≡ Dosage adjustment. Lower doses are usually indicated for elderly patients who may be more sensitive to the therapeutic and adverse effects of drug.

Analgesic action: Fentanyl binds to the opiate receptors as an agonist to alter the patient’s perception of painful stimuli, thus providing analgesia for moderate to severe pain. Its CNS and respiratory depressant effects are similar to those of morphine. Drug has little hypnotic activity and rarely causes histamine release.

Absorption: Varies with form administered.
Distribution: Redistribution has been suggested as the main cause of the brief analgesic effect of fentanyl.
Metabolism: Metabolized in the liver.
Excretion: Excreted in urine as metabolites and unchanged drug. Elimination half-life is about 7 hours after parenteral use, 5 to 15 hours after transmucosal use, and 18 hours after transdermal use.

Route Onset Peak Duration
I.V. 1-2 min 3-5 min 1/2-1 hr
I.M. 7-15 min 20-30 min 1-2 hr
Trans- 12-24 hr 1-3 days Variable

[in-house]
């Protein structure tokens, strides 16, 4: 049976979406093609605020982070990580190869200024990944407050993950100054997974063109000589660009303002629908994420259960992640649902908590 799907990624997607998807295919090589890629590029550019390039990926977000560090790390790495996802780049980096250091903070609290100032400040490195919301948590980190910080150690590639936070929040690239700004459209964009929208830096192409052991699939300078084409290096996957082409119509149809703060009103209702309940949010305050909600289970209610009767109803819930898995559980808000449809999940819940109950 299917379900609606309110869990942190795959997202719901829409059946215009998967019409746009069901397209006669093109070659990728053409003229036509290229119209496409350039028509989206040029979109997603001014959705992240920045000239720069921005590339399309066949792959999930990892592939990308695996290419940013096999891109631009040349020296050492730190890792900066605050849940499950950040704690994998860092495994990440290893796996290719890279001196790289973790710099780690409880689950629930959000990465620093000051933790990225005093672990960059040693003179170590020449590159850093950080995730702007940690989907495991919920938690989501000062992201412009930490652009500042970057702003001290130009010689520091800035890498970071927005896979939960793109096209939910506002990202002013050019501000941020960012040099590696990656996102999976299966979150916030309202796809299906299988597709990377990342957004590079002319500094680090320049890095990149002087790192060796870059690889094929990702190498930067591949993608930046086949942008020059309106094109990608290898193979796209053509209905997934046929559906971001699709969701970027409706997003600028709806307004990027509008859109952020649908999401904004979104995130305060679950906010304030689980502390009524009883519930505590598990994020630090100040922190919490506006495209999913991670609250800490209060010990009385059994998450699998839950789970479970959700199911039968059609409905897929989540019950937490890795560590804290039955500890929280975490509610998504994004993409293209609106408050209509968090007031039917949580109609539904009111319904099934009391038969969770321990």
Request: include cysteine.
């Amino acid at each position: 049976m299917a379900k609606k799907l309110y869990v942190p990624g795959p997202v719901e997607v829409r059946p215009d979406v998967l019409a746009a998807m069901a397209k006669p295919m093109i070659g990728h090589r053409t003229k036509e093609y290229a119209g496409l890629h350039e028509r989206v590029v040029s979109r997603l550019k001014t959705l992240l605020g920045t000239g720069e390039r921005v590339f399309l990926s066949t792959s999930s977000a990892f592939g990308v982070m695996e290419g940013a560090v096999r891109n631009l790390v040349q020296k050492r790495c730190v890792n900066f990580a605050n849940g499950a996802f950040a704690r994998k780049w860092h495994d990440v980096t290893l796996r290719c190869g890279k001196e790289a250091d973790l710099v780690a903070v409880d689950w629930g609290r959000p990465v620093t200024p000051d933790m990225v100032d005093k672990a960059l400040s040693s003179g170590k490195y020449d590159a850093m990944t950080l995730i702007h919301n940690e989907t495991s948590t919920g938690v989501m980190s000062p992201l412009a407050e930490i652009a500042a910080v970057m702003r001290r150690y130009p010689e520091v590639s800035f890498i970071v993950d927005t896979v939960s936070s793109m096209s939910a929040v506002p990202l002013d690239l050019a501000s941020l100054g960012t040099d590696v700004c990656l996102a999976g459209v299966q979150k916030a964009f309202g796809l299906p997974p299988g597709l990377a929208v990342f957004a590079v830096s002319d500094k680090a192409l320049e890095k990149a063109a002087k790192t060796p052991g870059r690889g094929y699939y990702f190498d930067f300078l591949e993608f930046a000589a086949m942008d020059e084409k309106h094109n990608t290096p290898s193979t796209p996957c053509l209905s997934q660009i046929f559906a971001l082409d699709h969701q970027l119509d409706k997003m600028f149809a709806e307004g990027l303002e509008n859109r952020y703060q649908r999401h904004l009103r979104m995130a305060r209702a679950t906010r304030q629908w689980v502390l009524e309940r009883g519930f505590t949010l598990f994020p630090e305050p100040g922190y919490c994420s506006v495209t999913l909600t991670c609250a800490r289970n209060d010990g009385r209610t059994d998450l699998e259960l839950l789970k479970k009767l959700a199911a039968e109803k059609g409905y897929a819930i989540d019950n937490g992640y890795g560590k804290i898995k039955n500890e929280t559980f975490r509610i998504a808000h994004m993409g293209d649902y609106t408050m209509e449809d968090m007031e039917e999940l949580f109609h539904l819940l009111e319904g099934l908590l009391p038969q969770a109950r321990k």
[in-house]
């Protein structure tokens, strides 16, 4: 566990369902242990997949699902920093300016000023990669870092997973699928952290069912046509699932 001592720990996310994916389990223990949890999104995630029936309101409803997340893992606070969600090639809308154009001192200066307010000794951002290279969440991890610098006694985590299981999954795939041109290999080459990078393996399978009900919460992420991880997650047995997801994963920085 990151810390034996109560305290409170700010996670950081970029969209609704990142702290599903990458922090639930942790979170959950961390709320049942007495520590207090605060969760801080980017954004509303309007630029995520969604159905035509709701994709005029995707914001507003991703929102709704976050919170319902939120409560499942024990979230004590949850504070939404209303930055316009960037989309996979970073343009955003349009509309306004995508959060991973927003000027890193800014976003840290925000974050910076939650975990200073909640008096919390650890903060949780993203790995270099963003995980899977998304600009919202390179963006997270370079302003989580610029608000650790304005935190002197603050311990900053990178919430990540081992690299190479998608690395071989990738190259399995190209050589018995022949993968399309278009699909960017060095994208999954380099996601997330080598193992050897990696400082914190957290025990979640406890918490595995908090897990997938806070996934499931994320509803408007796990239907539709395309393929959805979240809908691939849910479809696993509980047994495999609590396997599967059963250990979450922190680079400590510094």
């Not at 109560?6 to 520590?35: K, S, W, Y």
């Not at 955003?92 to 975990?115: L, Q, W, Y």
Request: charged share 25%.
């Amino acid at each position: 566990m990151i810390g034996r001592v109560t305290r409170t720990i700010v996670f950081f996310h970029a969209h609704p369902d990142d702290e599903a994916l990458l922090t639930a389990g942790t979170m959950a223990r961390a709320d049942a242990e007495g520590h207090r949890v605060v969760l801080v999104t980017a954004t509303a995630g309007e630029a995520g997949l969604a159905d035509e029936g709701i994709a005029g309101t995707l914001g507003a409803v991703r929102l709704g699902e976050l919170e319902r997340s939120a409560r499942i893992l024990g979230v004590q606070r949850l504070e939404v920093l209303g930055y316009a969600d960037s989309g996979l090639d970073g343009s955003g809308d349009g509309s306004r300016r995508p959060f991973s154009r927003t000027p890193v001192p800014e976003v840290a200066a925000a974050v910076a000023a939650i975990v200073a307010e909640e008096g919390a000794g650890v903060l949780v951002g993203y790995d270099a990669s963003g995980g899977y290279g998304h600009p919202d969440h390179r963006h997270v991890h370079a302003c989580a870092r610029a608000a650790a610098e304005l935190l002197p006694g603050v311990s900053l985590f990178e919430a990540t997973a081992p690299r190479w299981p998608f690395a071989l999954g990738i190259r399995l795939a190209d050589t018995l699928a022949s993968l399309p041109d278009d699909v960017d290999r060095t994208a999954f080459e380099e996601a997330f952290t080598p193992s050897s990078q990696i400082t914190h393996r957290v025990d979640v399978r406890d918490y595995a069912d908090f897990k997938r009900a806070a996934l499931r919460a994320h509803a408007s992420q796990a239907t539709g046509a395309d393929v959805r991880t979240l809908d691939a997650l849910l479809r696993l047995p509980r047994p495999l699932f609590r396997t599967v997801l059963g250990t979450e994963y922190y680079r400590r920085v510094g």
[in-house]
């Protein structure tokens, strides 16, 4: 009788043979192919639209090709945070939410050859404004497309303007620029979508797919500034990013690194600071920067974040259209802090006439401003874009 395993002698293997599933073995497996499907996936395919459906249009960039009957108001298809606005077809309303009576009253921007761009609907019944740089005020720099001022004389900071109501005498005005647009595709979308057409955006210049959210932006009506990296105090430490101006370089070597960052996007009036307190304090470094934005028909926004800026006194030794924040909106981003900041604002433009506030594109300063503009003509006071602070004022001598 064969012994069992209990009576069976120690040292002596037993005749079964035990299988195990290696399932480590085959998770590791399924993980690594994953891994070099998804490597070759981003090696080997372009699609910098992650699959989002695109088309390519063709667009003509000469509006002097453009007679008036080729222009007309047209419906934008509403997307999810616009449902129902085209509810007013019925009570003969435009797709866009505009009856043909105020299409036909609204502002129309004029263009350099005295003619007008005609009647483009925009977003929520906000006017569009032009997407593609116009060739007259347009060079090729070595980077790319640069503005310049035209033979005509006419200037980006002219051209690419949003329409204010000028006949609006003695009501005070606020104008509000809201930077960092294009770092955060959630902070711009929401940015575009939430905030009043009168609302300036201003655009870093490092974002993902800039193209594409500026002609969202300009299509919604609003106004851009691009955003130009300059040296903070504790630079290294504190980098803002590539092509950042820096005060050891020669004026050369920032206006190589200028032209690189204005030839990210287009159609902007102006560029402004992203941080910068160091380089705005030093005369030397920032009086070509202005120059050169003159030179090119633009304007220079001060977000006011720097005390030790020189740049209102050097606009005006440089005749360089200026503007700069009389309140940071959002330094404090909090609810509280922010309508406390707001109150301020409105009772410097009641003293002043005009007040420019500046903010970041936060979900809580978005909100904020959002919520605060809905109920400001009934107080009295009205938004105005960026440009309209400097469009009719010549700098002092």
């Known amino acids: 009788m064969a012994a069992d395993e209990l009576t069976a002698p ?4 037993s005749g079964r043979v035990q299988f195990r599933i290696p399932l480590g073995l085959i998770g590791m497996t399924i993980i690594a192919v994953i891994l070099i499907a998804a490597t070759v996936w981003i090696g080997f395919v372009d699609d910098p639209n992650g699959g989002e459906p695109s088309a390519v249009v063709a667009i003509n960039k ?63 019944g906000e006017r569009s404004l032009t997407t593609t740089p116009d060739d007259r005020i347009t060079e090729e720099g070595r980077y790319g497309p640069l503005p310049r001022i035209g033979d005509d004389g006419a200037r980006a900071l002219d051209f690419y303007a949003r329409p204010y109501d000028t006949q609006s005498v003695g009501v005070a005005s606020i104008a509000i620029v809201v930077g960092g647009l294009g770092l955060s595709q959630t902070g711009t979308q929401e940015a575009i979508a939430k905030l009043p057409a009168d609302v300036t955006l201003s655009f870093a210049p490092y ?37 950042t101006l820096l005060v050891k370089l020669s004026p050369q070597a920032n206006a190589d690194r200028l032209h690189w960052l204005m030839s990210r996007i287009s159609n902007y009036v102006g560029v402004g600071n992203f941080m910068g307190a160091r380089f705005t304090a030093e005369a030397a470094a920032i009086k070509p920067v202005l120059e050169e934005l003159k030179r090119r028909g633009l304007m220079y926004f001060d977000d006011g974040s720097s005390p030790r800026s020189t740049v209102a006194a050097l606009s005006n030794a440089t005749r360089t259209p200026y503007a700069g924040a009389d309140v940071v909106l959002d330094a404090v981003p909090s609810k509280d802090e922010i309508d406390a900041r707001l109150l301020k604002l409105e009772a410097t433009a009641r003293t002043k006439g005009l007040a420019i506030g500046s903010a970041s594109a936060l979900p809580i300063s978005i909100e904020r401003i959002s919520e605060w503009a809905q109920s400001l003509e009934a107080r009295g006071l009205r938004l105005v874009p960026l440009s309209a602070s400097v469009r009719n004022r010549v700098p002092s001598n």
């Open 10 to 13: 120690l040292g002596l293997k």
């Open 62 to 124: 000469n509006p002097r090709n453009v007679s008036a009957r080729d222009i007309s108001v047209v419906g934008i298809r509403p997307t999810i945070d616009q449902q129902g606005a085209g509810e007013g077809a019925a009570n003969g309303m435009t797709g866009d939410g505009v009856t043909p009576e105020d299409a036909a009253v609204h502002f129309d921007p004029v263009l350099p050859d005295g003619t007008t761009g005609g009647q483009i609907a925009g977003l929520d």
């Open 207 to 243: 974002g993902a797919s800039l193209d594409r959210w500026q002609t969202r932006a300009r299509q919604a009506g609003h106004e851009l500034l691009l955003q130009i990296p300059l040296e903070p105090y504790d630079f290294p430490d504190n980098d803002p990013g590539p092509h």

Trans- 5-15 min 20-50 min Unknown

Contraindications and precautions
Contraindicated in patients intolerant of drug. Use cautiously in elderly or debilitated patients and in those with head injuries, increased CSF pressure, COPD, decreased respiratory reserve, compromised respirations, arrhythmias, or hepatic, renal, or cardiac disease.

Drug-drug. Cimetidine, protease inhibitors: May increase respiratory and CNS depression. Reduce fentanyl dosage as needed.
CNS depressants (antihistamines, barbiturates, benzodiazepines, general anesthetics, muscle relaxants, narcotic analgesics, phenothiazines, sedative-hypnotics, tricyclic antidepressants): Causes potentiated respiratory and CNS depression, sedation, and hypotensive effects of drug. Use together cautiously.
Diazepam, general anesthetics: May cause severe CV depression. Avoid use together.
Droperidol: Causes hypotension and decreased pulmonary artery pressure. Use together cautiously.
Drugs extensively metabolized in the liver (digitoxin, phenytoin, rifampin): Causes drug accumulation and enhanced effects. Use together cautiously.
MAO inhibitors: Increases CNS effects. Don’t give fentanyl to patient who has taken an MAO inhibitor within 14 days.
Narcotic antagonists: May cause acute withdrawal syndrome. Use cautiously.